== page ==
Jim and Cindy Brown, Best managed horse overall.

We are Jim and Cindy Brown from the United States.
We just got back from completing the first inaugural Gobi Desert Cup six-day endurance ride of 480 kilometers (about 300 miles) across the Gobi Desert riding Mongolian horses.
Between the two of us over the past 25 years we’ve had many endurance riding adventures, including numerous multiday rides. We heard of the Gobi Cup at convention and decided it sounded like something we had to do!
After over 24 hours of traveling, we arrived in Ulaanbaatar, Mongolia, and met our ride coordinator, Camille Champagne, and our other 14 competitors from France, New Zealand and Australia and a 19-year-old Mongolian. Several of the girls were in their mid-20s and early 30s and two men in their 40s/early
60s with wives in their 50s. Jim is turning 71 in October, so was by far the oldest competitor.
We packed up and drove over several hours to our beautiful blue-tented Gobi Desert Cup Ride Camp and were warmly welcomed by the wonderful staff Camille had coordinated of families of friends, workers,chief steward, two vets, drivers, and horse herders. We were our own little village in the middle of nowhere with no electricity or running water. Everything there is carried in and moved each day during our competition.
We received two days of “training”so we could become familiar with the hardy Mongolian steeds and their unfamiliar traits and gaits which consisted of very little ground manners and very choppy short stride trots that they could do all day long. The local herders were kind enough to arrange for us all to watch a true Mongolian horse race, which children between the ages of 4 (yes, I meant to say 4!) to 13 raced 2-year-old horses for a 5 km (3.1 mile) distance. It was exhilarating to watch and incredible talent at such young ages!
Each morning, we woke to the high desert’s chilling winds, packed up our gear for transport to our next camp, then carried our saddles down to the picket line of horses to see which horse waschosen daily for us to ride in that day’s 50-mile endurance ride. Then up and off we go in search of pink ribbons which were our daily trail markings. Once you got moving on your horses you were pretty good for the duration of that day. The horses were amazing with what we were asking them to do. They were all wild herd, barefoot, pony-sized horses with a ton of heart to go. Camille and her Mongolian family help had arranged to have them ridden and some distances put on them so they would be in better shape for our endurance miles.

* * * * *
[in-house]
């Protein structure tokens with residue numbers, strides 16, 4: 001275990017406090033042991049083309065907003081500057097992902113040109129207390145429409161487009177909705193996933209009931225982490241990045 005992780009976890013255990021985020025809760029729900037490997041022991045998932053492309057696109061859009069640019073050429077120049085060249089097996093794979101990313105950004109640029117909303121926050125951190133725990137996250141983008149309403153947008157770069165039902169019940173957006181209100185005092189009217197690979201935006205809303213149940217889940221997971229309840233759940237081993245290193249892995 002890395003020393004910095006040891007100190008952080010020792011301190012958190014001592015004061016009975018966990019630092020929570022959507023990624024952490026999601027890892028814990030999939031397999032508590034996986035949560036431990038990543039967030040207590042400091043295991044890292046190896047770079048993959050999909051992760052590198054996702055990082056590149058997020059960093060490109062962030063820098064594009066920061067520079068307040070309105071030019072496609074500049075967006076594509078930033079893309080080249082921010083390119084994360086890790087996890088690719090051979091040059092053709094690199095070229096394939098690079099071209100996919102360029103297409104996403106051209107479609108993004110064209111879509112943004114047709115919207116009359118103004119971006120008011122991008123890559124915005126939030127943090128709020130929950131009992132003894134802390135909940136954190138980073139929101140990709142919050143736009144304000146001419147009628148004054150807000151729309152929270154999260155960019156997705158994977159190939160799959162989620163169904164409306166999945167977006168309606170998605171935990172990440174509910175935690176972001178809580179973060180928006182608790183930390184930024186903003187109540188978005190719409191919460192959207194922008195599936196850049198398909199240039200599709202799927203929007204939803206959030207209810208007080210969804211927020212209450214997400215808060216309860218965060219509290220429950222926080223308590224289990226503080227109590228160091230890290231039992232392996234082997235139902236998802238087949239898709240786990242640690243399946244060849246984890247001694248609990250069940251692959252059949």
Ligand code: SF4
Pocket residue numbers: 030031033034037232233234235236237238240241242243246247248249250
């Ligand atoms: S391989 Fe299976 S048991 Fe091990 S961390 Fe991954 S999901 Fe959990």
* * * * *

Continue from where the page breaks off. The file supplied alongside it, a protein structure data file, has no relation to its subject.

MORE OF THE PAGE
They only forage food from the desert land for their daily rations and were given water as available now and again. Each day we would evaluate the horse given us as we went down the trail and work on completing that day’s ride with a horse in great condition.
Our four-person team included two Australian endurance riders both named Bek (we called them Bek 1 and Bek 2). We placed third team overall. Bek 1 got second place overall individual and Jim Brown got overall Best Managed Horses (overall best condition, we call it here). After six days on horseback, we got to race camels on the seventh day—they are a bit harder to manage, tall, smelly and actually quite fast.
We also got to go to a professional performance featuring Mongolian singers and dancers in the middle of the desert that we’d find in a San Francisco theater—it was that professional!
It was the most amazing, exhausting, yet adrenaline-rushed adventure we’d had. This is something that will be available yearly, so if you think it may be on your bucket list, sign up!

Camille Champagne